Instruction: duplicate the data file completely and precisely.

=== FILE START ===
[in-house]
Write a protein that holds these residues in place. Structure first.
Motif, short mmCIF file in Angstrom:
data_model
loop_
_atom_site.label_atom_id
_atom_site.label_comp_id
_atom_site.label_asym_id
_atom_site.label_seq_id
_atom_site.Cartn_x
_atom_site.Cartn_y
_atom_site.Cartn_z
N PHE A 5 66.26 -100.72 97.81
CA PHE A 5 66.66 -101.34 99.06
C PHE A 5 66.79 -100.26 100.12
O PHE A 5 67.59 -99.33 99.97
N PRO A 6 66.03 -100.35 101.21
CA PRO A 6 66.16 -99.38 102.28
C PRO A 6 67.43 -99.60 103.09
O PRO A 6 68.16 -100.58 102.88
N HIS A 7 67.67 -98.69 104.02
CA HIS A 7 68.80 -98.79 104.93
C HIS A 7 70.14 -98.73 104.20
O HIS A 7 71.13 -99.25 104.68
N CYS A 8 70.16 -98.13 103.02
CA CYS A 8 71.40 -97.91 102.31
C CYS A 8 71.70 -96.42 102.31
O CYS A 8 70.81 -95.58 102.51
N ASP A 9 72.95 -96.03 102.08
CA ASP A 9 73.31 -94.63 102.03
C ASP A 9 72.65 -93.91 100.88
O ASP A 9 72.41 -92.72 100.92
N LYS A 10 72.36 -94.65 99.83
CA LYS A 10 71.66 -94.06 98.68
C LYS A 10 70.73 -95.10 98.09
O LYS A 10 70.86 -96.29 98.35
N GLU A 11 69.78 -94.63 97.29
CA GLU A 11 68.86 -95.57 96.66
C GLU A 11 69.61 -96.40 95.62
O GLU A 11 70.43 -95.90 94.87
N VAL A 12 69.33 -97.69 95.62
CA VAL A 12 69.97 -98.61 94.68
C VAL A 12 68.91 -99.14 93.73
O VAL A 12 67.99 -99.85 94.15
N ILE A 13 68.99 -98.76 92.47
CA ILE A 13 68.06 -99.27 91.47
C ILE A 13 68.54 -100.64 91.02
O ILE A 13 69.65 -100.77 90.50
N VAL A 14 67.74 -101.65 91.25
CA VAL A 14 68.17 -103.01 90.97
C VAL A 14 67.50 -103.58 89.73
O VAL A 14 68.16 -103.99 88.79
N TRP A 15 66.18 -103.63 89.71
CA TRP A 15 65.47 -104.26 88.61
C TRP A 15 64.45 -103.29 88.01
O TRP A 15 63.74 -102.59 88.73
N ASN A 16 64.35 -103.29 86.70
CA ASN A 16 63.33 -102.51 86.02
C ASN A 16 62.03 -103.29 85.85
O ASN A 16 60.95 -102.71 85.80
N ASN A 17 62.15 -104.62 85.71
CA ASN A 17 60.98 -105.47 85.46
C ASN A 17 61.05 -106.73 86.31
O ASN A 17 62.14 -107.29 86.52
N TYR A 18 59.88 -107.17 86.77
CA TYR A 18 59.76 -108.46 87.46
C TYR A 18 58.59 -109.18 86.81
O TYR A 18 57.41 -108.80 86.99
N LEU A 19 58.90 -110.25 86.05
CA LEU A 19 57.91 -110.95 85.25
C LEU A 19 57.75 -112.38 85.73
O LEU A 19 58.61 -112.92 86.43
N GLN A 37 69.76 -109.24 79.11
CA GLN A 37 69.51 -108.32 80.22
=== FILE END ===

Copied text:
[in-house]
Write a protein that holds these residues in place. Structure first.
Motif, short mmCIF file in Angstrom:
data_model
loop_
_atom_site.label_atom_id
_atom_site.label_comp_id
_atom_site.label_asym_id
_atom_site.label_seq_id
_atom_site.Cartn_x
_atom_site.Cartn_y
_atom_site.Cartn_z
N PHE A 5 66.26 -100.72 97.81
CA PHE A 5 66.66 -101.34 99.06
C PHE A 5 66.79 -100.26 100.12
O PHE A 5 67.59 -99.33 99.97
N PRO A 6 66.03 -100.35 101.21
CA PRO A 6 66.16 -99.38 102.28
C PRO A 6 67.43 -99.60 103.09
O PRO A 6 68.16 -100.58 102.88
N HIS A 7 67.67 -98.69 104.02
CA HIS A 7 68.80 -98.79 104.93
C HIS A 7 70.14 -98.73 104.20
O HIS A 7 71.13 -99.25 104.68
N CYS A 8 70.16 -98.13 103.02
CA CYS A 8 71.40 -97.91 102.31
C CYS A 8 71.70 -96.42 102.31
O CYS A 8 70.81 -95.58 102.51
N ASP A 9 72.95 -96.03 102.08
CA ASP A 9 73.31 -94.63 102.03
C ASP A 9 72.65 -93.91 100.88
O ASP A 9 72.41 -92.72 100.92
N LYS A 10 72.36 -94.65 99.83
CA LYS A 10 71.66 -94.06 98.68
C LYS A 10 70.73 -95.10 98.09
O LYS A 10 70.86 -96.29 98.35
N GLU A 11 69.78 -94.63 97.29
CA GLU A 11 68.86 -95.57 96.66
C GLU A 11 69.61 -96.40 95.62
O GLU A 11 70.43 -95.90 94.87
N VAL A 12 69.33 -97.69 95.62
CA VAL A 12 69.97 -98.61 94.68
C VAL A 12 68.91 -99.14 93.73
O VAL A 12 67.99 -99.85 94.15
N ILE A 13 68.99 -98.76 92.47
CA ILE A 13 68.06 -99.27 91.47
C ILE A 13 68.54 -100.64 91.02
O ILE A 13 69.65 -100.77 90.50
N VAL A 14 67.74 -101.65 91.25
CA VAL A 14 68.17 -103.01 90.97
C VAL A 14 67.50 -103.58 89.73
O VAL A 14 68.16 -103.99 88.79
N TRP A 15 66.18 -103.63 89.71
CA TRP A 15 65.47 -104.26 88.61
C TRP A 15 64.45 -103.29 88.01
O TRP A 15 63.74 -102.59 88.73
N ASN A 16 64.35 -103.29 86.70
CA ASN A 16 63.33 -102.51 86.02
C ASN A 16 62.03 -103.29 85.85
O ASN A 16 60.95 -102.71 85.80
N ASN A 17 62.15 -104.62 85.71
CA ASN A 17 60.98 -105.47 85.46
C ASN A 17 61.05 -106.73 86.31
O ASN A 17 62.14 -107.29 86.52
N TYR A 18 59.88 -107.17 86.77
CA TYR A 18 59.76 -108.46 87.46
C TYR A 18 58.59 -109.18 86.81
O TYR A 18 57.41 -108.80 86.99
N LEU A 19 58.90 -110.25 86.05
CA LEU A 19 57.91 -110.95 85.25
C LEU A 19 57.75 -112.38 85.73
O LEU A 19 58.61 -112.92 86.43
N GLN A 37 69.76 -109.24 79.11
CA GLN A 37 69.51 -108.32 80.22